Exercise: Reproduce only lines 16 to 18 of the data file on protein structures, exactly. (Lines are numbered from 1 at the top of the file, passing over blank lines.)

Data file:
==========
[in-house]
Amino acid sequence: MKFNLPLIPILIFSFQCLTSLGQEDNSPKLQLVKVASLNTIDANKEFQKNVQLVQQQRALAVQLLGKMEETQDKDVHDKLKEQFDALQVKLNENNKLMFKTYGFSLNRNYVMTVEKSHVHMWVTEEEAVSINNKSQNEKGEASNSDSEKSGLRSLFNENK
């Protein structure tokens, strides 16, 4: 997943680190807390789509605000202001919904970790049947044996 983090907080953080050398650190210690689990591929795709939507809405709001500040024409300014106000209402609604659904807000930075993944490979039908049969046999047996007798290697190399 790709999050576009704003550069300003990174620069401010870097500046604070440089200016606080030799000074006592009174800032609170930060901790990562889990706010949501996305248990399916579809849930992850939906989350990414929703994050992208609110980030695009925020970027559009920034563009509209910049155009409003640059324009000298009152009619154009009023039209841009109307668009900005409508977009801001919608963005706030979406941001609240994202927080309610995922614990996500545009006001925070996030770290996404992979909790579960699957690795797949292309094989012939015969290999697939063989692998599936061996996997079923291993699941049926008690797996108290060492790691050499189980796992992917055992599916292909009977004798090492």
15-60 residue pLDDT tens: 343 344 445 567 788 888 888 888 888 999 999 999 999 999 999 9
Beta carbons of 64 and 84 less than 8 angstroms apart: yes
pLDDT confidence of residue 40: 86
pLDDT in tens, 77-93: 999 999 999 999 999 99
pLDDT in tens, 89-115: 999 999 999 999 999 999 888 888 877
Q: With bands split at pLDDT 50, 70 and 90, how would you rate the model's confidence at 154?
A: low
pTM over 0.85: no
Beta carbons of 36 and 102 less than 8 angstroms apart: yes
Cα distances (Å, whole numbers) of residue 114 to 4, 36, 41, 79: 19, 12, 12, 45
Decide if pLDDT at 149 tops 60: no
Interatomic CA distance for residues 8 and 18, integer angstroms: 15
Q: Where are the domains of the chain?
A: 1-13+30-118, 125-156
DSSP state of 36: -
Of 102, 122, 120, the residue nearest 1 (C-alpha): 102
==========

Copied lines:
Q: Where are the domains of the chain?
A: 1-13+30-118, 125-156
DSSP state of 36: -